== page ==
Death row, Japanese-style: "Cruel, inhuman and degrading"

TOKYO, Japan — Whether or not Iwao Hakamada committed the gruesome murders for which he was sentenced to hang is a matter of debate. What is certain is that the 73-year-old — the world’s longest-serving death row prisoner — has come to personify the cruelty inherent in Japan’s treatment of its most heinous criminals.

Hakamada, a former professional boxer, has spent 41 years on death row for a murder that even one of the three judges who sentenced him now believes he did not commit.

The possibility that an innocent man may have spent more than four decades in prison is not the only reason why Hakamada’s case has attracted the attention of human rights groups.

Amnesty International has accused Japan’s penal system of driving condemned men insane after subjecting them to, on average, at least seven years of “cruel, inhuman and degrading” treatment on death row.

The group’s 72-page report, published earlier this month, mounted a blistering critique of the idiosyncrasies that make capital punishment, Japan-style, among the most secretive and inhuman in the world.

Death row prisoners are locked away in solitary confinement, banned from talking to other inmates and permitted just two or three exercise periods a week. They are forbidden from moving around their cells, except to use the toilet, and meetings with lawyers and relatives are brief and infrequent, and always monitored.

Worst still is the uncertainty. Condemned men learn of the timing of their execution only hours before they are led away to the gallows. Their families are informed only after the fact, ostensibly so they can collect the body for cremation.

This, says Amnesty, constitutes a cruel and unusual punishment that sends many inmates into the depths of psychological despair.

“Each day could be their last, and the arrival of a prison officer with a death warrant would signal their execution within hours,” the report says. “Some live like this year after year, sometimes for decades.” Using interviews with relatives and lawyers, Amnesty says at least five death row inmates are mentally ill. Although international law and the Japanese criminal code ban the execution of prisoners deemed “insane,” the hangings continue.

“Japan’s death row system is driving prisoners into the depths of mental illness but they still being taken and hanged,” said Kate Allen, Amnesty’s U.K. director.

“The mental anguish of not knowing whether each day is to be your last is terrible enough. But Japan’s justice system also sees fit to bury its death row prisoners in the most punitive regime of silence, isolation and a sheer non-existence imaginable.”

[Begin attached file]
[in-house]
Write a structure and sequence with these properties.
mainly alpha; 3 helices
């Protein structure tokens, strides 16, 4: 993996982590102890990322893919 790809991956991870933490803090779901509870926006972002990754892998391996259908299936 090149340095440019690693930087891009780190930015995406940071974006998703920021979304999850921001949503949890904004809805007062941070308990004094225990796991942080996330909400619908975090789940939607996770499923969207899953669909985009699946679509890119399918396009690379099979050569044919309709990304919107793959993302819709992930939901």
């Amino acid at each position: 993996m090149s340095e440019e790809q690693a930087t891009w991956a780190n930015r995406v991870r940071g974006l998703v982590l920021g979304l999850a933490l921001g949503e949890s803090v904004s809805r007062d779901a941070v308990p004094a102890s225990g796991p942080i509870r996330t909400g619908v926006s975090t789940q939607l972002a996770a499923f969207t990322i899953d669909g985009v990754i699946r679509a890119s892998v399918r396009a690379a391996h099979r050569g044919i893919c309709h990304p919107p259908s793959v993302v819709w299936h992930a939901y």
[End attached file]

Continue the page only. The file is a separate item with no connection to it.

Lawyers for Hakamada, who was sentenced in 1968 for murdering a family of four, say that decades of isolation and fear have left their client in a state of “institutional psychosis.”

As the only G7 countries to retain the death penalty, Japan and the United States have resisted the trend toward its abolition or non-use in other countries, including those bastions of human rights, Cambodia and Rwanda. (The U.S., of course, has been criticized worldwide for its death penalty record. On Sept. 15 the planned execution in Ohio of a convicted rapist-murderer was rescheduled after technicians were unable to inject him with lethal drugs.)

Between January 2006 and January this year, Japan hanged 32 men, including five in their 70s, according to campaigners. Last year the number of executions reached 15, the highest for more than 30 years.

But abolition may now be a step closer following the election last month of the center-left Democratic Party of Japan.

The new prime minister, Yukio Hatoyama, has raised hopes of a change in policy with the appointment as justice minister of Keiko Chiba, a former member of the Japan Socialist Party and a vocal opponent of capital punishment.

Chiba has so far stopped short of declaring a moratorium, saying only that she would “handle each case with caution” — an indication, observers say, that Japan will not send anyone to the gallows in the foreseeable future.

Yet if Chiba exercises her ministerial prerogative not to sign execution orders for any of Japan’s 102 death row prisoners, she will do so in defiance of popular opinion. A 2005 poll found that more than 80 percent of Japanese people supported capital punishment, partly in response to the 1995 sarin gas attacks on the Tokyo subway, in which 12 people died and thousands were injured.

Yet it would not be the first time that Japan has toyed with de facto abolition. No executions took place between 1989 and 1993, and for 15 months from October 2005 because justice ministers refused to sign execution orders.

After unsuccessful appeals and calls for a retrial, Hakamada’s attempts to prove his innocence appear to have run their course, although his lawyers say they haven’t given up hope.

If he is able to comprehend his circumstances – unlikely as that seems given his mental state of health – he may at least come to realize that the sound of a guard approaching his cell in the morning no longer means he may have only hours to live.